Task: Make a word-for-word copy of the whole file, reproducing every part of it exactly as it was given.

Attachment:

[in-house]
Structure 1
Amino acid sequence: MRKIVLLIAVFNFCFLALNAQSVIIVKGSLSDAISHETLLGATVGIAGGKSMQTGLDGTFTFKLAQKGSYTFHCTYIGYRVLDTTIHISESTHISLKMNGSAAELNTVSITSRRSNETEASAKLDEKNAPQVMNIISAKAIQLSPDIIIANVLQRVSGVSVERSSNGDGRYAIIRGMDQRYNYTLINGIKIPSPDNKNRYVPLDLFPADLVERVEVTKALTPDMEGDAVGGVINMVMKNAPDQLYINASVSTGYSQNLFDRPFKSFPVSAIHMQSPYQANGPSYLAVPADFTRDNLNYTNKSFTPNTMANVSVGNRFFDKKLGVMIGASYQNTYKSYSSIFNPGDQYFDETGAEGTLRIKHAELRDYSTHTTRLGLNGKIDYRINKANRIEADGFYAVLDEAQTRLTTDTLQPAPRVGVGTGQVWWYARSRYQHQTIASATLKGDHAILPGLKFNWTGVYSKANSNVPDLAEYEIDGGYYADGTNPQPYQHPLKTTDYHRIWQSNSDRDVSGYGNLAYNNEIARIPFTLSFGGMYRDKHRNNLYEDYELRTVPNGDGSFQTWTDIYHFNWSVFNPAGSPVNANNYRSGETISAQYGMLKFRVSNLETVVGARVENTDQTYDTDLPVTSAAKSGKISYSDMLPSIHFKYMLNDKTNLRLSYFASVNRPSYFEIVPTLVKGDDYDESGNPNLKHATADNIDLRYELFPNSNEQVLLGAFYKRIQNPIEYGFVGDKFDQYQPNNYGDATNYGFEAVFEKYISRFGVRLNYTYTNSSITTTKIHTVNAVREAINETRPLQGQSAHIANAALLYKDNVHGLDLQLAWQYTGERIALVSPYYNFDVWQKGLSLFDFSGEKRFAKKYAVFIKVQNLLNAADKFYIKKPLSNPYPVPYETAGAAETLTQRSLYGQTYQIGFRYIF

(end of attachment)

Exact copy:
[in-house]
Structure 1
Amino acid sequence: MRKIVLLIAVFNFCFLALNAQSVIIVKGSLSDAISHETLLGATVGIAGGKSMQTGLDGTFTFKLAQKGSYTFHCTYIGYRVLDTTIHISESTHISLKMNGSAAELNTVSITSRRSNETEASAKLDEKNAPQVMNIISAKAIQLSPDIIIANVLQRVSGVSVERSSNGDGRYAIIRGMDQRYNYTLINGIKIPSPDNKNRYVPLDLFPADLVERVEVTKALTPDMEGDAVGGVINMVMKNAPDQLYINASVSTGYSQNLFDRPFKSFPVSAIHMQSPYQANGPSYLAVPADFTRDNLNYTNKSFTPNTMANVSVGNRFFDKKLGVMIGASYQNTYKSYSSIFNPGDQYFDETGAEGTLRIKHAELRDYSTHTTRLGLNGKIDYRINKANRIEADGFYAVLDEAQTRLTTDTLQPAPRVGVGTGQVWWYARSRYQHQTIASATLKGDHAILPGLKFNWTGVYSKANSNVPDLAEYEIDGGYYADGTNPQPYQHPLKTTDYHRIWQSNSDRDVSGYGNLAYNNEIARIPFTLSFGGMYRDKHRNNLYEDYELRTVPNGDGSFQTWTDIYHFNWSVFNPAGSPVNANNYRSGETISAQYGMLKFRVSNLETVVGARVENTDQTYDTDLPVTSAAKSGKISYSDMLPSIHFKYMLNDKTNLRLSYFASVNRPSYFEIVPTLVKGDDYDESGNPNLKHATADNIDLRYELFPNSNEQVLLGAFYKRIQNPIEYGFVGDKFDQYQPNNYGDATNYGFEAVFEKYISRFGVRLNYTYTNSSITTTKIHTVNAVREAINETRPLQGQSAHIANAALLYKDNVHGLDLQLAWQYTGERIALVSPYYNFDVWQKGLSLFDFSGEKRFAKKYAVFIKVQNLLNAADKFYIKKPLSNPYPVPYETAGAAETLTQRSLYGQTYQIGFRYIF